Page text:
18.11 Example: Using Web Folders to Add Content to a Portal Page

Web Folders is a Microsoft operating system extension that supports the WebDAV protocol. If you access Web Folders on your computer, you can browse the content of Oracle Portal page groups through Windows Explorer and drag and drop files into the pages in those page groups.

In this example, a user called Scott uses Web Folders to browse the content of a page group called My Portal and to add a file to a page in that page group.


This example shows you how to use Web Folders in Windows 2000 where Web Folders is built into the operating system as part of My Network Places. You should be able to access the Add Network Place Wizard by double-clicking My Network Places then double-clicking Add Network Place. To use Web Folders in Windows 9x/NT, you must install Internet Explorer 5.5 (rather 6.0) and the Web Folders component. You can then upgrade to 6.0, and Web Folders will remain.

If you have Internet Explorer 5.5 installed, but cannot find a Web Folders node under My Computer, you must explicitly install the Web Folders component of Internet Explorer through Add/Remove Programs in the Control Panel.

Figure 18-5 An Example of Web Folders in Windows 2000

Web Folders in Windows 2000

To use Web Folders to add content to a page (Windows 2000):

  1. Open Windows Explorer and click My Network Places.

  2. Double-click Add Network Place to display the Add Network Place Wizard.

  3. Enter the WebDAV URL for your portal.

    For user Scott, the URL is:


    If you are not sure of the WebDAV URL for your portal, contact your portal administrator.

  4. Click Next, then enter your portal user name and password.


    You can log in to Web Folders as one user at any given time. That is, multiple simultaneous logins are not allowed. If you want to log in to Web Folders as a new user, clear your cookies, restart your computer to clear out the current login session, then log in as the new user.

    Windows Web Folders sometimes stores your user name and password, or your portal session cookie, or both and uses these details when creating subsequent Web Folders or re-creating a Web Folder that has previously existed. Consequently it may not be possible to create multiple Web Folders for portals on the same host using different authentication information. Unless you understand exactly how your Web Folder implementation behaves, on a given machine, do not create more than one Web Folder referencing any single host. Also, if you attempt to create a Web Folder that references the same portal as an existing (or previous) Web Folder but with different user log in details, be vigilant—Windows may perform the log in step without prompting you.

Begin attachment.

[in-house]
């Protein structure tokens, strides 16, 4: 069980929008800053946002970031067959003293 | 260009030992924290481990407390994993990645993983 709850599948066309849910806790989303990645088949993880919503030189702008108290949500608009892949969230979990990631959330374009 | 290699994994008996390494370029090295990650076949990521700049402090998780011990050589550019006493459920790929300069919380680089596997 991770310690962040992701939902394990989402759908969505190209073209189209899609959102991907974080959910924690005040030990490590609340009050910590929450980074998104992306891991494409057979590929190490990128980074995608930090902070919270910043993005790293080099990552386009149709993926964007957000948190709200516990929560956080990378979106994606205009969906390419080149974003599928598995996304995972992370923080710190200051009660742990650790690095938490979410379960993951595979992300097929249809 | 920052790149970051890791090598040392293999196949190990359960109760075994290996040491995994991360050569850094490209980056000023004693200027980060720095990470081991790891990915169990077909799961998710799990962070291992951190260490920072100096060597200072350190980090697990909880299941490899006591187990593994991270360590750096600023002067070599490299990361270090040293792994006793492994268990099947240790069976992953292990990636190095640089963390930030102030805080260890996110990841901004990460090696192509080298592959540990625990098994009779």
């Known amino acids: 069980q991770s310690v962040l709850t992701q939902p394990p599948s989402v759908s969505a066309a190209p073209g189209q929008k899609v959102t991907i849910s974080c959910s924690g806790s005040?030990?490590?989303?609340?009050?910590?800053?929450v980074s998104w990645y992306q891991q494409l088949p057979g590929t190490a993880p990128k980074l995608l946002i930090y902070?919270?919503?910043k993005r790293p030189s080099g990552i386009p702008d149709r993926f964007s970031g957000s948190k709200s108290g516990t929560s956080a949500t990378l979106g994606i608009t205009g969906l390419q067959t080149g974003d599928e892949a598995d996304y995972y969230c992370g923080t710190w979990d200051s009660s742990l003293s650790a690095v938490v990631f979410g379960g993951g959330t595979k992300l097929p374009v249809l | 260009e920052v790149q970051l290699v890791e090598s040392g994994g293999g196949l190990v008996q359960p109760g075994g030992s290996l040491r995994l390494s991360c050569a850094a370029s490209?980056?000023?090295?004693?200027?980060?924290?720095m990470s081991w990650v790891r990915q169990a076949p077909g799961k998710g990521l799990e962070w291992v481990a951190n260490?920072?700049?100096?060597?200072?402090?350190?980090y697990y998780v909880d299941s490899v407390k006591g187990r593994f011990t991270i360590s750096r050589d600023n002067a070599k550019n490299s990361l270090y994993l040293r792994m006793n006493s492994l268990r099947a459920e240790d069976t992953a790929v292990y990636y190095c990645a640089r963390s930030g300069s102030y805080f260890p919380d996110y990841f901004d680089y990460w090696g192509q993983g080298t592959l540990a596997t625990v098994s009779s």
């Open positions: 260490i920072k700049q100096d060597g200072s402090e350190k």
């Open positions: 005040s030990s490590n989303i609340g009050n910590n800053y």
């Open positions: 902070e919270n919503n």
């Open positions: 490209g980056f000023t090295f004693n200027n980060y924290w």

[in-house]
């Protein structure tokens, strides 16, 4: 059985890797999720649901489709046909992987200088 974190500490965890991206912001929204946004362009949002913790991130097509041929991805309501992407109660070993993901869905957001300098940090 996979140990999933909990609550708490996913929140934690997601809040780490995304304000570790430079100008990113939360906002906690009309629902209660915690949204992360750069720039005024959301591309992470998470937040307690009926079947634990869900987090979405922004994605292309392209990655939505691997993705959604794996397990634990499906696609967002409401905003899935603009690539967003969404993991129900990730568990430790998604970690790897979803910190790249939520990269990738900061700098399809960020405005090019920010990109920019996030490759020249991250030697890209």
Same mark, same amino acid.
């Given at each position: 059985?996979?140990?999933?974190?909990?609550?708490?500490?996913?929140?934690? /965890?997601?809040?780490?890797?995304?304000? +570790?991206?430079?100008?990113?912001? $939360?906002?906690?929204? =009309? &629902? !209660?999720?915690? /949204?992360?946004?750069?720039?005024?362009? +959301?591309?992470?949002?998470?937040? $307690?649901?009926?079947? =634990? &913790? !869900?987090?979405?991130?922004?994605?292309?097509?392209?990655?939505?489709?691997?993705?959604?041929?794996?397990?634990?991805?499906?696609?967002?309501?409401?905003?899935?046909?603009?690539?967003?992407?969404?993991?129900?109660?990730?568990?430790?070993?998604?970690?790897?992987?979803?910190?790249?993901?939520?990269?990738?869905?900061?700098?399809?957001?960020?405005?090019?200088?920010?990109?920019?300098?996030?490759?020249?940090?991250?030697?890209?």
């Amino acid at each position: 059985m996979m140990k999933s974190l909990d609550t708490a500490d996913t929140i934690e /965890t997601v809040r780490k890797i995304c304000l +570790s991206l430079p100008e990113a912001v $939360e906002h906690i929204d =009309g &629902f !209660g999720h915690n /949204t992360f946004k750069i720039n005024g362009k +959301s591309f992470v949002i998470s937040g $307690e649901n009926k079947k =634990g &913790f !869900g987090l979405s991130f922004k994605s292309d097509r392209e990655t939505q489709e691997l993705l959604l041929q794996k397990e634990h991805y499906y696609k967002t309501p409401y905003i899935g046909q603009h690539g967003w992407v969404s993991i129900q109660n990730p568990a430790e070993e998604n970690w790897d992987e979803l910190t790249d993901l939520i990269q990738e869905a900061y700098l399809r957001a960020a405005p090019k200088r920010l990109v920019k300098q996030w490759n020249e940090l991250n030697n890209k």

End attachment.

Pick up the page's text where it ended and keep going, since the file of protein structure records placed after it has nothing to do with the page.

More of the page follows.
5. Click Finish.

    If you are using Windows 2000, you may be prompted for your user name and password again.

  6. The portal is now listed as one of your network places.

  7. Double-click the portal entry in My Network Places to drill down into it.

    You can now see a folder for each of the page groups on which you have access privileges. The top-level folders represent the root pages of the page groups.

  8. Double-click the page group to drill down and see a folder for the next level of sub-pages in the page group.

    In this example, Scott would click MYPORTAL to drill down into the My Portal page group. See Figure 18-5.

  9. Click a page name to drill down further and view the items in a page.

    For example, in the mypage folder you can see a file associated with the file item MYDOCUMENT.TXT. See Figure 18-5.

    If the page had sub-pages, these would be listed as sub-folders.

  10. Because you can access your portal's Web Folder just like any other folder in Windows Explorer, you can drag and drop files from any other folder into your portal.

    You can use the drag and drop feature to move or copy files within the same page group. Copying files across page groups is not supported; though you can overcome this limitation by copying a file to your desktop, then copying it into a different page group. For more information, see Section 18.4.3, "Moving, Copying, and Editing Content Through WebDAV".

    For example, Scott can drag a document from his local drive into mypage.

  11. When you next access the page in the portal, it includes the new file. You may need to refresh the page to see your changes.

    The display name of the new item is the same as the file name (with the extension removed). You can edit the item later to change this.


    The item is added to the default item region as one of the default WebDAV item types (depending on whether the file is a Zip file, an image file, or a regular file).
  12. If you have a WebDAV enabled desktop application, such as Microsoft Office 2000, you can open files directly from your Web Folders, edit the files, and save them.

    Providing they do not need approval, any changes that you make are immediately available in the portal. See Section 18.12, "Example: Using Microsoft Office 2000 to Edit Portal Page Content".

  13. Create new pages in the page group by creating new folders in Web Folders.

    For example, Scott can right-click inside the mypage folder and choose New then Folder from the menu.